The London Marathon
One of the world’s most famous athletic competitions, the London Marathon began as an emotional letter written by Olympic champion and journalist Chris Brasher to UK newspaper The Observer. Brasher had just finished running the 1979 edition of the New York Marathon – one of a group of prestigious races now known as the five annual World Marathon Majors, including the Boston, Berlin and Chicago Marathons. The New York Marathon left Brasher very favourably impressed with the joy and camaraderie surrounding the event, and inspired him to conclude his letter by asking, “…whether London could stage such a festival?”
The London Marathon was born within months as a result, with Brasher himself studying the organisation and financing of the New York and Boston races and applying it the London project. He quickly managed to obtain £50000 in financing and established the event as a charity. On March 29, 1981, the first London Marathon was run, with more than 20000 applicants. Since this very successful debut, the event has steadily increased in size and importance. It now attracts crowds of around one million around along the route, with many more following the event on television. The high prize money offered, up to $55000 to first place winners, attracts world-class athletes.
- Course length and start/finish points
The course of the Flora London Marathon – the official name of the event – has been described as fast and flat. The 42.195 km (26 miles and 385 yards) course begins in Blackheath and currently ends at the Mall, right in front of Buckingham Palace. More precisely, a ‘blue’ start at Blackheath is reserved for elite, ballot and wheelchair athletes; a ‘red’ start at Greenwich Park for overseas runners and a ‘green’ start at the edge of Blackheath for age and media runners. Until 2005, a notoriously difficult cobblestone section by the Tower of London was replaced by a smooth stretch along the Highway. It is believed that this and other improvements to the course resulted in a measurable improvement in elite runner’s times.
- How do I enter?
In the UK, the simplest way is to pick up the free magazine Marathon News – available at most high street sports stores – and fill in the entry form found within. The ballot closes towards the end of October every year, and you must be 18 years of age or older to enter. Once the ballot closes there is a waiting period until you are informed whether you have been assigned a place in the Marathon. Be warned, though, competition is fierce, as there are only about 35,000 places! Fortunately, there are other ways around this:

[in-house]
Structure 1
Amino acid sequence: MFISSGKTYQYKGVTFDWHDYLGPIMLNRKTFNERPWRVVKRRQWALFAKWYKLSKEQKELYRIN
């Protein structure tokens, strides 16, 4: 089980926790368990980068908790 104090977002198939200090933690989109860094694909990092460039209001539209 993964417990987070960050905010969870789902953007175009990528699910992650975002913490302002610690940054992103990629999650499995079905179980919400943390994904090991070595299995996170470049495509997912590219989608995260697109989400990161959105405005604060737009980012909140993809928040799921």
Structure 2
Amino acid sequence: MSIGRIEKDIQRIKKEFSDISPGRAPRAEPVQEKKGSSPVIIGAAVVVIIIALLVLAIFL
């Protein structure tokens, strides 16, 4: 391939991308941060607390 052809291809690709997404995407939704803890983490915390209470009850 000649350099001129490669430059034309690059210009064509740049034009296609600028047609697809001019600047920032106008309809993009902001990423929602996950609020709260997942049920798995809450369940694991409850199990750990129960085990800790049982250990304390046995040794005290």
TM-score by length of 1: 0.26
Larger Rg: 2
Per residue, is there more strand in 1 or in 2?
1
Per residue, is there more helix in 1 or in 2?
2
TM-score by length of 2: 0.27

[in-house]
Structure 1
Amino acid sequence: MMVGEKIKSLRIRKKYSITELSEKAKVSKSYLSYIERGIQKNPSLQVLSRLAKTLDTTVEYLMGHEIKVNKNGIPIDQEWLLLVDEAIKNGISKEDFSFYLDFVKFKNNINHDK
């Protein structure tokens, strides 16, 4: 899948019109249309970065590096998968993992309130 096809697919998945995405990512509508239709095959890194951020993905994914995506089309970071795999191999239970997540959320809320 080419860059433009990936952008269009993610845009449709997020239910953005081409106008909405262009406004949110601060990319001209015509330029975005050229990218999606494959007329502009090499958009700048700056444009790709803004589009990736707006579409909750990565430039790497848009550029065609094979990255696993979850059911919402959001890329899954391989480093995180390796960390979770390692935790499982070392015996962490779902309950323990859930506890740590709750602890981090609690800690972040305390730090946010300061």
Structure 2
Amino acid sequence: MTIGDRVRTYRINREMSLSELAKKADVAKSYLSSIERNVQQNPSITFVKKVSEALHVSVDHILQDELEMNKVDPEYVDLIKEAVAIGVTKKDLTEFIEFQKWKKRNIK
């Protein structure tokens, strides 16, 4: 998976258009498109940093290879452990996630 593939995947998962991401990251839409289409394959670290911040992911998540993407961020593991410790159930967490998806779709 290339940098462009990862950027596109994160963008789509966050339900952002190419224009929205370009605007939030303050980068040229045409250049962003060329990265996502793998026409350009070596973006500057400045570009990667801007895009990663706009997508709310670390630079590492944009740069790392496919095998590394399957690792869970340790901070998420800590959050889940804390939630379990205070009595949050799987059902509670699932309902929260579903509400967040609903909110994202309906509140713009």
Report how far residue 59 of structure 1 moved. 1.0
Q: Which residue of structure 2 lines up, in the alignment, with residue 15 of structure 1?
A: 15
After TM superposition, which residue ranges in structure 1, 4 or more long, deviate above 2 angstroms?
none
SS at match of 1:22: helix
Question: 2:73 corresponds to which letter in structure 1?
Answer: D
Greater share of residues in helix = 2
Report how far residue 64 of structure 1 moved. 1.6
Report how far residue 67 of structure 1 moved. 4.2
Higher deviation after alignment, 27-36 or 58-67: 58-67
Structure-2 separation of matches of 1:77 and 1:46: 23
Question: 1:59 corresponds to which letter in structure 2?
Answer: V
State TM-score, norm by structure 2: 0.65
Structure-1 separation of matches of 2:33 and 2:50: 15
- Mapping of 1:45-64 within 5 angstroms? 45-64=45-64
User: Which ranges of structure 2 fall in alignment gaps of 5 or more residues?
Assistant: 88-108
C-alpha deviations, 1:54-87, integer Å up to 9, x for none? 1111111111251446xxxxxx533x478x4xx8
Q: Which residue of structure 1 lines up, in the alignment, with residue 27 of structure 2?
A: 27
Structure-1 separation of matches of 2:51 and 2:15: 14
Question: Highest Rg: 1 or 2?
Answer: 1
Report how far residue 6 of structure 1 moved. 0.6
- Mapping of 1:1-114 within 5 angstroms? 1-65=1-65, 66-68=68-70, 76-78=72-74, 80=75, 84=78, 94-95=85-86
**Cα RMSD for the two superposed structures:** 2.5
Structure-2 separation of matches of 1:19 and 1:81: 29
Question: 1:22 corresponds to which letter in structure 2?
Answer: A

“Good for age” entry
If you have run a full marathon in 2h45min – 3h (men) or 3h15 – 3h45 (women) anywhere in the world, you are eligible for automatic entry. Send proof of your time, along with a request for a ‘good for age’ entry form, to: "Good for Age", The Flora London Marathon, PO Box 3460, London SE1 OYA.
Athletic club entry
UK athletic clubs are issued guaranteed places in the marathon according to their size. Distribution of these entries varies from club to club; some of them will reserve them for their best runners while others will raffle them amongst all their members. See ‘Running clubs in the UK’ section below to join one near you.
Running for a charity
There are about 10000 guaranteed places shared between many different charities. You can get one of these entries as long as you promise the charity you will raise a minimum sum of money through sponsorship or other fundraising methods. These amounts vary between £800 and over £2000 depending on the charity. It is a worthy cause, but competition is fierce for these places because it’s the only way most people will have a chance to enter the competition. Be prepared to prove to the charity organisers that you can actually raise the money they need from you. Fancy dress is always a good idea! Contact your favourite charity for more details.
Keep trying! If all else fails, you will get automatic entry on your sixth attempt if you have entered and been rejected five times since and including 2001, but you’ll have to inform marathon organisers. Best of luck!
International applicants should contact Sports Tours International (see below for website) or telephone 0161 70308161.